A decade ago parents of youth basketball players at Crawfordsville weren’t convinced. Some games at the Boys and Girls Club here, some elementary school games there, and maybe some AAU games sprinkled in. And then David Pierce came along. The leader of the Crawfordsville boys basketball program is in his ninth season at the helm, and his recent success is not by accident. From the start, he has put time and effort into building the program up from scratch. “I think it’s remarkable what he does and how he’s developed a program from top to bottom,” Ken Minnette, who coaches at the youth level, said. “It all starts with him.” Each fall, Pierce puts on a preseason camp for all of Crawfordsville’s youth players to get them prepared for the Montgomery County youth league that he helped start and has helped develop in the last decade. “It’s just seamless, you roll right out of camp and just build on what he put in at the camp from the things he’s teaching on defense, offensive drills and some of the skills training,” Minnette said. Brett Motz, the current athletic director at Crawfordsville Middle School has seen firsthand the impact Pierce has had on the development of the youth program. “It’s been a very fluid process in the 10 years that I’ve worked with David here,” Motz said. “He’s always welcomed the middle school staff to go in and listen and communicate. And there’s no question that his success here recently has been a result of No. 1 building relationships, not only the kids, but the parents who have stepped up and put a lot of time and energy into the kids as well.” Each and every Saturday during the youth league, Pierce is one of the first to arrive at the gym, and one of the last to leave. “He knows the names of the current second graders that participated in his camps and participated in the winter youth Montgomery County league,” Motz said. “There is no question that kids want to play for David Pierce. He treats them all like they’re his own kids.” Pierce knows how important things like that are. “That’s something I stole from Dad watching him coach all those years, he knew every kid,” Pierce said. “And if you have aspirations to build a program, you have to know what’s coming and what you’ve got to work on and it’s important to know those kids’ names when you run into them at Kroger or wherever. They trust you, ‘if you care enough to remember my name, you care enough to put me in the right direction or correct something that I need to correct.’” Minnette and others see it as well. “Coach Pierce is clearly trying to develop way more than just the basketball skills of these players. He’s trying to create the best young men that he can and that’s evident and instructive to us working with the younger kids,” he said. “I don’t think you can put a value on it. That’s someone who is taking extreme ownership of his program. And know if you’re a coach of a youth team and you seen the varsity coach coming to watch your fourth graders player, and knows them by name and knows different skills, just his involvement with them comes across very clear to the parents and it makes people want to stay in the program.” Outside of the youth program, Pierce has found travel leagues, AAU tournaments and a plethora of coaches, who have stepped up over the years to coach at each level. From the start, Pierce has put in the time and effort into the entirety of his basketball program. This year’s 16-6 varsity team and 21-1 jv team is instant proof. The parents lend their time, the kids their effort, and the grandparents show up to support. But David Pierce? He’s fully invested.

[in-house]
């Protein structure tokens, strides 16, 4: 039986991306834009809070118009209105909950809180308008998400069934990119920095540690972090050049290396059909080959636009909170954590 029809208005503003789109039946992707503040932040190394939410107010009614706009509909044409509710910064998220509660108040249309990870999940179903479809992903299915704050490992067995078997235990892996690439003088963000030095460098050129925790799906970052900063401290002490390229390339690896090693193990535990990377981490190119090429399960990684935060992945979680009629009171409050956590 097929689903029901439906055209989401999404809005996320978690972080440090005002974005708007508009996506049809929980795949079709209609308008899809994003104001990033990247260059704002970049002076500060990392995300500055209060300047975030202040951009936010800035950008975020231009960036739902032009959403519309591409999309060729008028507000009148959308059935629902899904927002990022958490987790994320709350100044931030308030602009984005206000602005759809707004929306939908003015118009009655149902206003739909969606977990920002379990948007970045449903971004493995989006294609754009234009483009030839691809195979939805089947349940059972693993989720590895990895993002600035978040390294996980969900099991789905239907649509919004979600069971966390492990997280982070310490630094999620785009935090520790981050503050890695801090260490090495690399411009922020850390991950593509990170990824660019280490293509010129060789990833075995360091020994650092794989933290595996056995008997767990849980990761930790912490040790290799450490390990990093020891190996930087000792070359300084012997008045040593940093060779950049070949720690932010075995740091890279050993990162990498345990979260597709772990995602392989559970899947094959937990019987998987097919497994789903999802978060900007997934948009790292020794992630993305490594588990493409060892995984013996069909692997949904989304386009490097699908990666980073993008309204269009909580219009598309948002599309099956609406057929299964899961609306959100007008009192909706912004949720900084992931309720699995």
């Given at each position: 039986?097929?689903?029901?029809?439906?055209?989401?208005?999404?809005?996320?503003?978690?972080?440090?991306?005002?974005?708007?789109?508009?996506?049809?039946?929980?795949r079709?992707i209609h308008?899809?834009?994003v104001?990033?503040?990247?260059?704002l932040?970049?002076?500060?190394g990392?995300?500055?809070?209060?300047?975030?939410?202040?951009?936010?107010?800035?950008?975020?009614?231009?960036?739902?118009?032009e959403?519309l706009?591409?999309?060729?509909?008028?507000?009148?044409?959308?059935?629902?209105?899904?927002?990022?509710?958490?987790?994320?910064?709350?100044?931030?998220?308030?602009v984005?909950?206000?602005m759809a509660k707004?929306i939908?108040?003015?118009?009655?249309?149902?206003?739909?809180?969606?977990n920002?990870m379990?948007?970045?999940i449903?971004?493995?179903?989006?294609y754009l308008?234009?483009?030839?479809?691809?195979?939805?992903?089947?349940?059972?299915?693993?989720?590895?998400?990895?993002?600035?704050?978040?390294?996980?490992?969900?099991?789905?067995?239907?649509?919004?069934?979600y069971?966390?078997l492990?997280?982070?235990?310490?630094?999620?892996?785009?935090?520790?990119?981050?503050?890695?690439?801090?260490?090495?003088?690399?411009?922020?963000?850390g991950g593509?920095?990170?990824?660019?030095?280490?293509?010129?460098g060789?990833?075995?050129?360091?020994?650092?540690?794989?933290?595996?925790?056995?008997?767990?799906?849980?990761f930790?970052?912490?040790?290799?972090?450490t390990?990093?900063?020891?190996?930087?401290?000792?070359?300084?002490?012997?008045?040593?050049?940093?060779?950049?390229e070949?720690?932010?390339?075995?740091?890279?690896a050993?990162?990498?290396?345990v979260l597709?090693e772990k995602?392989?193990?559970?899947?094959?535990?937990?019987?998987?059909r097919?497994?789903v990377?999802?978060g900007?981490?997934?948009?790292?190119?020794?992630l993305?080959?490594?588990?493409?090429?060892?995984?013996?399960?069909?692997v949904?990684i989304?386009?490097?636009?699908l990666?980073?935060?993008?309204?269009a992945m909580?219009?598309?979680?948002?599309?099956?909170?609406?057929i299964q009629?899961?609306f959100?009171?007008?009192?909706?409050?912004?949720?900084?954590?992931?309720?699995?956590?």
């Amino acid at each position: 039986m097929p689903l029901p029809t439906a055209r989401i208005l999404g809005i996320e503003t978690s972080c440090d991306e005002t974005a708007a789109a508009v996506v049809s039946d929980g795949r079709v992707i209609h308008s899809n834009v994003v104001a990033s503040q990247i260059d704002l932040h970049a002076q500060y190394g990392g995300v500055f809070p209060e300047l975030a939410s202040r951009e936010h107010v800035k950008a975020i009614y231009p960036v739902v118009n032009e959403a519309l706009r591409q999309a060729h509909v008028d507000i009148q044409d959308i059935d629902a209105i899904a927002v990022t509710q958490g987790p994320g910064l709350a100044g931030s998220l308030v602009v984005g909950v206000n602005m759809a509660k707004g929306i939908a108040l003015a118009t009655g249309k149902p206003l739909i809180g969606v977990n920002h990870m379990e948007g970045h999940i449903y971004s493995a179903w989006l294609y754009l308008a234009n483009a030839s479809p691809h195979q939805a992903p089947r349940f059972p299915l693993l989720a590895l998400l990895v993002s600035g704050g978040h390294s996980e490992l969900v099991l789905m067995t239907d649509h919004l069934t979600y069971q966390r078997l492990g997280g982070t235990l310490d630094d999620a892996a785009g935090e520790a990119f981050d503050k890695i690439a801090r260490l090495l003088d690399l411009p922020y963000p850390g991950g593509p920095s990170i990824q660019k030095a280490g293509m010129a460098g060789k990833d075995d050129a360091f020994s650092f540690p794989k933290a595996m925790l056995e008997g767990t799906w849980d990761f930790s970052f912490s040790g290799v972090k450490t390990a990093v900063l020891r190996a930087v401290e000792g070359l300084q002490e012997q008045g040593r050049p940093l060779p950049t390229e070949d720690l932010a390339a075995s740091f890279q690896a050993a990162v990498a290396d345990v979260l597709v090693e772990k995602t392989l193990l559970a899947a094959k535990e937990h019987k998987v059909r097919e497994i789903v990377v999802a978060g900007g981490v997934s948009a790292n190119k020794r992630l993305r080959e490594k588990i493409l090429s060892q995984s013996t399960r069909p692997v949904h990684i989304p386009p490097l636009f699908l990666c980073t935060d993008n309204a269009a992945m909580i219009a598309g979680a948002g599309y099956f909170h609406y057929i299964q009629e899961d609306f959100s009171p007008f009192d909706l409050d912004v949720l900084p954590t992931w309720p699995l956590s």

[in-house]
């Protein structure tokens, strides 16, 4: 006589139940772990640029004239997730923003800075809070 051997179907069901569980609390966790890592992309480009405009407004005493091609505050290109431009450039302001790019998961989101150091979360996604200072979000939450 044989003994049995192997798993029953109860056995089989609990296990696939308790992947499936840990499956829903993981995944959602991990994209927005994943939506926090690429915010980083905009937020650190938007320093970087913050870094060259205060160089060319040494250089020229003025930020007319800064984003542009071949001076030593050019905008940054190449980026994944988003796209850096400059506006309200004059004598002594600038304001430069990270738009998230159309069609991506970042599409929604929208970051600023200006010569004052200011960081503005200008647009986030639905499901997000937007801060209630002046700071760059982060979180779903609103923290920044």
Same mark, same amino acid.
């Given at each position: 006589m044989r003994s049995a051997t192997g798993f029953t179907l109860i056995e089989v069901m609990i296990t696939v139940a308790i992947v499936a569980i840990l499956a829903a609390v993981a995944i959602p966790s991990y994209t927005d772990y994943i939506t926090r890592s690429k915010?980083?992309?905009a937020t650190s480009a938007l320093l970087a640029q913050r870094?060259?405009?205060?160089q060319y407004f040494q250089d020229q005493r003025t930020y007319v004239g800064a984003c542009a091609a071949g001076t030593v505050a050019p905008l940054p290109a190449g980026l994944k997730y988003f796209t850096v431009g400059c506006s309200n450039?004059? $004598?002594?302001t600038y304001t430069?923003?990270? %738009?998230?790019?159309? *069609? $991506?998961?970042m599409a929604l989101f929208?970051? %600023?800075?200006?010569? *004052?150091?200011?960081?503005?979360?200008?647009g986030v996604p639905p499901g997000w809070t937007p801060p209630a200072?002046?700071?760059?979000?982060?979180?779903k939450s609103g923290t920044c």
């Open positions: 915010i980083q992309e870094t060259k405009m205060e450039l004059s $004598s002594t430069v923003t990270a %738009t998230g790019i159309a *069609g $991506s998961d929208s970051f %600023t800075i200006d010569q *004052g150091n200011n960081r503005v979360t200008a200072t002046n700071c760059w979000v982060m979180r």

Youth buying into Athenian Culture